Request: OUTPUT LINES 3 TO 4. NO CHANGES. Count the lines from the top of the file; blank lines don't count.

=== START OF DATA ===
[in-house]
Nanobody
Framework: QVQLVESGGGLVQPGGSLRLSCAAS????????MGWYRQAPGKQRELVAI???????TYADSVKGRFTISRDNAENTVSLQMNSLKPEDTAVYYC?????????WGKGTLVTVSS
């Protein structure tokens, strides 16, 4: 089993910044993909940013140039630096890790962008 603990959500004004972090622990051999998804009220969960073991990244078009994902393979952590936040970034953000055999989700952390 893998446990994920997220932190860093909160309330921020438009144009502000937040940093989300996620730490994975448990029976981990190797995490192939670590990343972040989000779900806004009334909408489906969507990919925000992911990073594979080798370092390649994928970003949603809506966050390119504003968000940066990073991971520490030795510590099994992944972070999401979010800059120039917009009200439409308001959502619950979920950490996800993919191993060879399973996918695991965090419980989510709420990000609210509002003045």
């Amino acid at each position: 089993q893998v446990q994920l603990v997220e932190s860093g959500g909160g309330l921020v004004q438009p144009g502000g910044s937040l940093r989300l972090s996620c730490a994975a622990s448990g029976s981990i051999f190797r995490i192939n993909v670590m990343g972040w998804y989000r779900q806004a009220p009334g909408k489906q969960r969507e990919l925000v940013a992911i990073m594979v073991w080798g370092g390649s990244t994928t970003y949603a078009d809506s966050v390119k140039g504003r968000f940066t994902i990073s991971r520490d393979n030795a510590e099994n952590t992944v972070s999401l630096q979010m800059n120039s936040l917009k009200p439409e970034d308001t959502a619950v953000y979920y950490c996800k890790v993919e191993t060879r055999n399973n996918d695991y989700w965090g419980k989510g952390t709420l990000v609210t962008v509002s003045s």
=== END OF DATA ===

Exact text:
Framework: QVQLVESGGGLVQPGGSLRLSCAAS????????MGWYRQAPGKQRELVAI???????TYADSVKGRFTISRDNAENTVSLQMNSLKPEDTAVYYC?????????WGKGTLVTVSS
């Protein structure tokens, strides 16, 4: 089993910044993909940013140039630096890790962008 603990959500004004972090622990051999998804009220969960073991990244078009994902393979952590936040970034953000055999989700952390 893998446990994920997220932190860093909160309330921020438009144009502000937040940093989300996620730490994975448990029976981990190797995490192939670590990343972040989000779900806004009334909408489906969507990919925000992911990073594979080798370092390649994928970003949603809506966050390119504003968000940066990073991971520490030795510590099994992944972070999401979010800059120039917009009200439409308001959502619950979920950490996800993919191993060879399973996918695991965090419980989510709420990000609210509002003045």